Invasive meningococcal disease: Symptoms and treatment

Invasive meningococcal disease and its symptoms are caused by bacteria.

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Symptoms of invasive meningococcal disease

Symptoms of invasive meningococcal disease can develop 2 to 10 days after being infected with the bacteria (usually after 3 to 4 days). The 2 most common types of the disease are:

  1. meningococcal meningitis: an infection of the lining of the brain and spinal cord which causes swelling
  2. meningococcal sepsis or meningococcemia: an infection in the blood that damages the walls of the blood vessels and causes organ failure

Both are extremely serious and require urgent hospital attention. Complications and death can happen very rapidly.

Meningococcal meningitis

Common symptoms of meningitis can include:

Other common symptoms can include:

Symptoms can also include a purple or red rash with small, flat pink areas, and sometimes blisters.

Meningitis may present differently in newborns and babies. They may:

Seek immediate medical attention if you or your child have these symptoms.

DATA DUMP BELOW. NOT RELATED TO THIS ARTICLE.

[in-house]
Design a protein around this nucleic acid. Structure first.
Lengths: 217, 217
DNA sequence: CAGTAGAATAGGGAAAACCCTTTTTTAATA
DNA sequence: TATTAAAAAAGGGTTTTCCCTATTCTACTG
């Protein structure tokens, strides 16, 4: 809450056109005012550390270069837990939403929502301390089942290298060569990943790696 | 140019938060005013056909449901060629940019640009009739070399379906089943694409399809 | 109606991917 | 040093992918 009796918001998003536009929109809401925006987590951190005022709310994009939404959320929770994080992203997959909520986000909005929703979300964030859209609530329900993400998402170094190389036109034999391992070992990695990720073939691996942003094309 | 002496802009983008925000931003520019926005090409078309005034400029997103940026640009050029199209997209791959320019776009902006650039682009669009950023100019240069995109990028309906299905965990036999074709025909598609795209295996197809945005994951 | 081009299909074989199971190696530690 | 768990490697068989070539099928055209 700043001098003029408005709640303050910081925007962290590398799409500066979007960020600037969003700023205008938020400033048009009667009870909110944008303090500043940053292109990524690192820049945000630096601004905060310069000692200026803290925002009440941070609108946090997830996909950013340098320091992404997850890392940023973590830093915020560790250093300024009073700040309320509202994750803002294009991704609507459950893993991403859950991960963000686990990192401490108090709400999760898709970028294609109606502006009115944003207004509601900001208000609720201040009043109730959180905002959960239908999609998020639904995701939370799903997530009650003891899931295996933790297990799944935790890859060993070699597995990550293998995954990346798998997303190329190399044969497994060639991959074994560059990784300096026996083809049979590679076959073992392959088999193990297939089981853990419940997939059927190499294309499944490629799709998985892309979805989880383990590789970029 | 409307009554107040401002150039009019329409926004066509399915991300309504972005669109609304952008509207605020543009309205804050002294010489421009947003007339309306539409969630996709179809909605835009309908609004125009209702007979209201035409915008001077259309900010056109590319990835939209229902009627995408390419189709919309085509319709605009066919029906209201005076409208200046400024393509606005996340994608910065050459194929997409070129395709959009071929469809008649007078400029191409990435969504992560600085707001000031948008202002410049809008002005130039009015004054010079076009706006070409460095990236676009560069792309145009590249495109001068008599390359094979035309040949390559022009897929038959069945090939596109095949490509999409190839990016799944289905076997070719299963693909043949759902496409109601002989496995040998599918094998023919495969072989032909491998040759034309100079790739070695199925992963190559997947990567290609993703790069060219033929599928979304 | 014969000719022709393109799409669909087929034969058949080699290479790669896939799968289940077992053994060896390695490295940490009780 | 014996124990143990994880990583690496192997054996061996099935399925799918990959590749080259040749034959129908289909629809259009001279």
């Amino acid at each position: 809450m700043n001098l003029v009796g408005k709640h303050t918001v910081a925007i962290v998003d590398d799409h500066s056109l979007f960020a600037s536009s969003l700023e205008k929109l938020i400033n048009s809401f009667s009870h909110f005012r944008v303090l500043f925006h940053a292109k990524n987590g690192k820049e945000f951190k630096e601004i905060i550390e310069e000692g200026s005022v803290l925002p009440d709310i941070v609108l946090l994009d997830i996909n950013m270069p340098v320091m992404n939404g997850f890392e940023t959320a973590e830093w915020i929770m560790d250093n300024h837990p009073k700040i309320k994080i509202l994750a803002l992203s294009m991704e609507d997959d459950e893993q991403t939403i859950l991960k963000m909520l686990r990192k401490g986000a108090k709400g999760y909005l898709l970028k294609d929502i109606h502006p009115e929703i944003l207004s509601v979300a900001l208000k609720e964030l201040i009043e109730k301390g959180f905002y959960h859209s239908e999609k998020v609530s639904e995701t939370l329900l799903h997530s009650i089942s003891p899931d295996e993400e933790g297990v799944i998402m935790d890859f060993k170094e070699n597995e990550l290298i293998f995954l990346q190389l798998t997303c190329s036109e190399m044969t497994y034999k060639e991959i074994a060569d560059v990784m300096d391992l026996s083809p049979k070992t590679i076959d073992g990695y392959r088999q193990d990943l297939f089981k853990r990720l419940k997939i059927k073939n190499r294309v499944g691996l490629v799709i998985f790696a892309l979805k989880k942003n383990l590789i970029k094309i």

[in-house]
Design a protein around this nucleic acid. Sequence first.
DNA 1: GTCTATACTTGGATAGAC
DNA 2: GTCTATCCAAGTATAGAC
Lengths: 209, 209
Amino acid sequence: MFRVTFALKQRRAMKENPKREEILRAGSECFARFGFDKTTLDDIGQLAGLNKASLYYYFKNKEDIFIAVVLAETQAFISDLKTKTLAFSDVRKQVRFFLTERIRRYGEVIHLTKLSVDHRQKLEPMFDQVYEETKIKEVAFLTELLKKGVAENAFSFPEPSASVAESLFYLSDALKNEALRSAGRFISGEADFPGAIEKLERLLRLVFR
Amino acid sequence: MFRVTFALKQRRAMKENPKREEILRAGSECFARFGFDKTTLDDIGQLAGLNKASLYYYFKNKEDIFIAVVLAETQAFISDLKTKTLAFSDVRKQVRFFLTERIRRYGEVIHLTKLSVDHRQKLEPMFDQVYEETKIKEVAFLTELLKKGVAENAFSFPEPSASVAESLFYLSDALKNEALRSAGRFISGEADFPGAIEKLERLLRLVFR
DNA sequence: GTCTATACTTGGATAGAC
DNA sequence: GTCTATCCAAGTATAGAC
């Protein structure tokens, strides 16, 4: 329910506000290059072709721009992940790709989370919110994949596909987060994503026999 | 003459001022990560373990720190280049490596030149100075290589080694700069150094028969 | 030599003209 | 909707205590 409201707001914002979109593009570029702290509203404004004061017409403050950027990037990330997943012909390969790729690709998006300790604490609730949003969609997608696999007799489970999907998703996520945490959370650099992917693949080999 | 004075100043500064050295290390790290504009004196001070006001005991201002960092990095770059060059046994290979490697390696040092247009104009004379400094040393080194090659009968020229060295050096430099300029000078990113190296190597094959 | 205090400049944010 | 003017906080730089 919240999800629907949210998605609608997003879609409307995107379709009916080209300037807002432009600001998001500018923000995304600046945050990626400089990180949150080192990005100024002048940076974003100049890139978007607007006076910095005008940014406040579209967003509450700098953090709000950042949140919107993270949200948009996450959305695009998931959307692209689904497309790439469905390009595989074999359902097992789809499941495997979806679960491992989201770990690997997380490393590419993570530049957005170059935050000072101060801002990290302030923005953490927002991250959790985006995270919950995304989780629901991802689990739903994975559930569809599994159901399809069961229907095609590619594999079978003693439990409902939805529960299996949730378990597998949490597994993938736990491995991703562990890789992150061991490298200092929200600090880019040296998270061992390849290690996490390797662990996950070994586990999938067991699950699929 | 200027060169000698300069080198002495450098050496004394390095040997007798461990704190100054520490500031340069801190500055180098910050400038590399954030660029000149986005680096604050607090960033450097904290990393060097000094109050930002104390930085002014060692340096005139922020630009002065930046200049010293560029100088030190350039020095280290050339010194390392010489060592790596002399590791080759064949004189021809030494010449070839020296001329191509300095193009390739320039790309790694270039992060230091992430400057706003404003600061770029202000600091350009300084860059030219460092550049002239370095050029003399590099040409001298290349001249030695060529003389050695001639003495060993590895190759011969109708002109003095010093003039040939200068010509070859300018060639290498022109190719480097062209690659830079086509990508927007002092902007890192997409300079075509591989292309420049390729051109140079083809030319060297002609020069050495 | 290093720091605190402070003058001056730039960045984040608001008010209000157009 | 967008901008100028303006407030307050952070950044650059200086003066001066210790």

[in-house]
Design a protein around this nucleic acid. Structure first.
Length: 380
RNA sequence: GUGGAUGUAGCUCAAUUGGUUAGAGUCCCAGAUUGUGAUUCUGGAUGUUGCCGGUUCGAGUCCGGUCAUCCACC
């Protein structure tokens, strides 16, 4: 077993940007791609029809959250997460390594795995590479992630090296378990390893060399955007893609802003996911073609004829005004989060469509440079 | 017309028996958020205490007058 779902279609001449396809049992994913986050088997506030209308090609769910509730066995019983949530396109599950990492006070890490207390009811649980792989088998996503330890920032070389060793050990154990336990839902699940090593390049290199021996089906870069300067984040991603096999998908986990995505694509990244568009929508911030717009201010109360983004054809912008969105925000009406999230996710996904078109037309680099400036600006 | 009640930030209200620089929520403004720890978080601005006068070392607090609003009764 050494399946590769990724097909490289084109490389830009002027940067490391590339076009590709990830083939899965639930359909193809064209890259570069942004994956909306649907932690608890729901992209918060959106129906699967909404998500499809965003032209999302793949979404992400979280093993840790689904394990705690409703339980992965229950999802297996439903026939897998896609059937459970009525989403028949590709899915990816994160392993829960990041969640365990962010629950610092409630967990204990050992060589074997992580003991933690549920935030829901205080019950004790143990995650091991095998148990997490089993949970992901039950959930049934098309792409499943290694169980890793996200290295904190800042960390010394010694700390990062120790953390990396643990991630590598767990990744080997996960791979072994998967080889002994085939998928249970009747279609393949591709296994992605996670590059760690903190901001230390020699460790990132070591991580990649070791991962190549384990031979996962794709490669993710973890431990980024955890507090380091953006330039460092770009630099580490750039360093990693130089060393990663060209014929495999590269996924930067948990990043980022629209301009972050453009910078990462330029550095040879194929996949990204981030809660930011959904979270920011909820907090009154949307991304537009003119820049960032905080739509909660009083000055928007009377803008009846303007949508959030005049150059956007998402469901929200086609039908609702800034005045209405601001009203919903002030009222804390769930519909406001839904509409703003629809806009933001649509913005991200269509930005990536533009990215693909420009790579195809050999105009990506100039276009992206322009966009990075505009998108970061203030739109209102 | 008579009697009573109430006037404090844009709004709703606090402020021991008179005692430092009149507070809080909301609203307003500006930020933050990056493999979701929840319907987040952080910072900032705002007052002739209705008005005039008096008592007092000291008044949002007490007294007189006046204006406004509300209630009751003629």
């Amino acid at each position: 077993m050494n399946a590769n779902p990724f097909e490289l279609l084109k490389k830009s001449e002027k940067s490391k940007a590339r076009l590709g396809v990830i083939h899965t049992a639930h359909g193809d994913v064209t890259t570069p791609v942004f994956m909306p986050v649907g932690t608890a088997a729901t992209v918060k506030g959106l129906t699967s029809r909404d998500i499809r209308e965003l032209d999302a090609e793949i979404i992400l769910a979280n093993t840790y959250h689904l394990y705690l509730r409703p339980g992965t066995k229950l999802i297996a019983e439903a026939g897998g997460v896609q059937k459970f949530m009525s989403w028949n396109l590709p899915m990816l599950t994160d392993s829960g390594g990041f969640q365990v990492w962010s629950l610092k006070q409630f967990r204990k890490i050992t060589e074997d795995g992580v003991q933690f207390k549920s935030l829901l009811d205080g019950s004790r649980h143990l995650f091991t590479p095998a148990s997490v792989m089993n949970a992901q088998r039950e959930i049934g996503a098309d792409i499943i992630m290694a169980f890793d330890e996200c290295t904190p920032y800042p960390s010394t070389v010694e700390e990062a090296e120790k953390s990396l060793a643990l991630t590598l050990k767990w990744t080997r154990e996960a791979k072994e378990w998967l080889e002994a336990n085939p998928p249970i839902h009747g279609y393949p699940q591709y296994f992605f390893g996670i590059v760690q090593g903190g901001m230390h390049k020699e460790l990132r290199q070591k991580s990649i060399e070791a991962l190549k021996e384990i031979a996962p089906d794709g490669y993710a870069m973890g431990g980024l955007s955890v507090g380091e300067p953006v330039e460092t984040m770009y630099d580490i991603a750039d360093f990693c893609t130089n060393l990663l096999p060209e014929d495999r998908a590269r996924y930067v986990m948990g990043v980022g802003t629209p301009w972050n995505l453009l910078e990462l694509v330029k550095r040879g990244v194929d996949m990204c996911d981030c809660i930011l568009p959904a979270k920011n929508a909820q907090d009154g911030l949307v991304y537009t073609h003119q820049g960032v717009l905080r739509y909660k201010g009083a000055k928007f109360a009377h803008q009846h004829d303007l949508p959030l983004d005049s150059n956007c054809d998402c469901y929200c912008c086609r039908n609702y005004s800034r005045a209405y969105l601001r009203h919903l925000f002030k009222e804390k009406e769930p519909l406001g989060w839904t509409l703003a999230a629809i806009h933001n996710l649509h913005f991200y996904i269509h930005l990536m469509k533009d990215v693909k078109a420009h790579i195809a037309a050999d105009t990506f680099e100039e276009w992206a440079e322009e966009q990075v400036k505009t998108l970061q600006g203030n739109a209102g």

Meningococcal sepsis

Symptoms of sepsis can include a sudden onset of:

Symptoms also include sudden severe aches or pain in the:

Another symptom of sepsis is a skin rash that spreads rapidly and begins as either:

Seek immediate medical attention if you or your child have these symptoms.

Complications of invasive meningococcal disease

Invasive meningococcal disease can be very severe and can require intensive care. About 14% of people with any type of the disease will die.

About 20% of people who recover from the disease will have long-term disabilities, such as:

If you become ill

If you or your child develop symptoms of meningococcal disease, contact a health care provider immediately or go to your local emergency room. Make sure to tell them if you have travelled recently.

Diagnosing invasive meningococcal disease

If a health care provider suspects meningococcal disease, they'll collect a sample to confirm the diagnosis with lab tests. The tests can include:

This will help a health care provider decide which antibiotic to give, make the correct diagnosis and offer appropriate care.

Treating invasive meningococcal disease

Meningococcal disease is a serious infection. You may need to go to hospital for close monitoring and additional supportive care.

Treatment with antibiotics as soon as possible is most effective.

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